My Brother Sam is SO Dead

Sometimes there are classics to be read over and over, and sometimes there are older books from which we just need to move on. Now, I'm not saying that Johnny Tremain is a bad book or that, to quote my favorite teen literature blog, Reading Rants, "My Brother Sam is SO Dead", but there are newer books that are just as, if not more, engaging, well-written and informative about a bygone era. I've been reading about the Revolutionary War lately and have found some quite good, newish fiction for teens on the topic.

The thing I love about historical fiction is that authors can take some pretty bare facts and weave a story that helps us imagine what it might have been like to live in a time long past. Something *is* known about Deborah Sampson because she wrote an autobiographical piece titled "The Female Review" and went around the nation in her later years dressed as a soldier telling audiences about her time in disguise.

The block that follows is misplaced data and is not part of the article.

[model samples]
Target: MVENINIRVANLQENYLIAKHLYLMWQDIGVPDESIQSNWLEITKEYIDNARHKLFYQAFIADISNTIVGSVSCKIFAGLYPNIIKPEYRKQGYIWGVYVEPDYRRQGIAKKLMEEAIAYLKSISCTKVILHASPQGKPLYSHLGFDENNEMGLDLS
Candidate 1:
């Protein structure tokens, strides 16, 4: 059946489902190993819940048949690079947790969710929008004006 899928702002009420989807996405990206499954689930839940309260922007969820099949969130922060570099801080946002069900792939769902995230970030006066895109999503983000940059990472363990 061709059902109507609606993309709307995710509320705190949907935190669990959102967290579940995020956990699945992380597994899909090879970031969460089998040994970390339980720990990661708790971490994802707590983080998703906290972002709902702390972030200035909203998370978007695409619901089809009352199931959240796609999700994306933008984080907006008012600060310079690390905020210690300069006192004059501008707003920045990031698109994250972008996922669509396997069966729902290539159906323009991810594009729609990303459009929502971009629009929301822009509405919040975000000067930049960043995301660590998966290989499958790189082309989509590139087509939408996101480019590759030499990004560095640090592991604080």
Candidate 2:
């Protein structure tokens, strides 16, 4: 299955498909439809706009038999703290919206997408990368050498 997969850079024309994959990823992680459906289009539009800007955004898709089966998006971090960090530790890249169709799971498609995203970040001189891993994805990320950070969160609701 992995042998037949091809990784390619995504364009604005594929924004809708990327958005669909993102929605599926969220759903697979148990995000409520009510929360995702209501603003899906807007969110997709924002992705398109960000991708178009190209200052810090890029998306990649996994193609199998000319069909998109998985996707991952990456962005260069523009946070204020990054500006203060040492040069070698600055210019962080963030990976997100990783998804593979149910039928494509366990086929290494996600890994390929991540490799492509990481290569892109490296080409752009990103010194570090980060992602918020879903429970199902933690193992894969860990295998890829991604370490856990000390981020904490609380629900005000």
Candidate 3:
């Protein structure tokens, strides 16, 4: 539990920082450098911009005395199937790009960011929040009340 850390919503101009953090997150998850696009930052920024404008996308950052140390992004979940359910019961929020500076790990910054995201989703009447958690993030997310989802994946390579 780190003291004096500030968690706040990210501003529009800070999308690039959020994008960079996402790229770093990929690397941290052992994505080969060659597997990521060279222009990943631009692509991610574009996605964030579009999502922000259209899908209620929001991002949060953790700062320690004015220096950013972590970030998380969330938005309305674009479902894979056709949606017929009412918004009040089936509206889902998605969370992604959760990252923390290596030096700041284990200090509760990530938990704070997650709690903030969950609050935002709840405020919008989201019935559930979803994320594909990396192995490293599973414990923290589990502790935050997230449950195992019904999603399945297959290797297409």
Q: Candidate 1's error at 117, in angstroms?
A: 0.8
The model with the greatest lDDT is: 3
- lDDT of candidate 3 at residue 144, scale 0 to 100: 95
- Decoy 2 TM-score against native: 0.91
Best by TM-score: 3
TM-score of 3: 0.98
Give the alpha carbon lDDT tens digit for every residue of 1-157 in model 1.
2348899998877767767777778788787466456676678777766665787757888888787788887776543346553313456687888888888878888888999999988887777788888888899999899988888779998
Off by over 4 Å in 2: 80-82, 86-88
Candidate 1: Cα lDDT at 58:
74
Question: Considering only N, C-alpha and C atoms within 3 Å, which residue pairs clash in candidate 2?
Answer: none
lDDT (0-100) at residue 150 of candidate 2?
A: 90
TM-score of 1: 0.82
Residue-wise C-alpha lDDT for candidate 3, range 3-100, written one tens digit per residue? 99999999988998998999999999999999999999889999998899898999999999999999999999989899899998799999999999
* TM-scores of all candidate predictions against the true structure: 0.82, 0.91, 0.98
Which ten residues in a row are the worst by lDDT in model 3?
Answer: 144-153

In Soldier's Secret, Sheila Solomon Klass takes the bones of Deborah's existence and brings her to life, imagining the creation and maintenance of her alter ego, Robert Shurtliff, as she lived among and fought with the men in the Continental Army.

Nathan Hale spoke one of the most famous lines in Revolutionary War history, but other than that, I knew virtually nothing about him. In Spy!, Anna Myers tells Hale's story from both Hale's point of view and that of Jonah, a fictional student of Nathan's, bringing the people of war-time Connecticut to life and telling us more about the young man who said "I only regret that I have but one life to give my country."

Check out these other recent young adult novels for more perspectives on the Revolutionary War: Chains: Seeds of America by Laurie Halse Anderson and The Pox Party by M.T. Anderson. For an entertaining and helpful list of more historical fiction for teens, see Reading Rants' list, Historical Fiction for Hipsters: Stories from the past that won’t make you snore!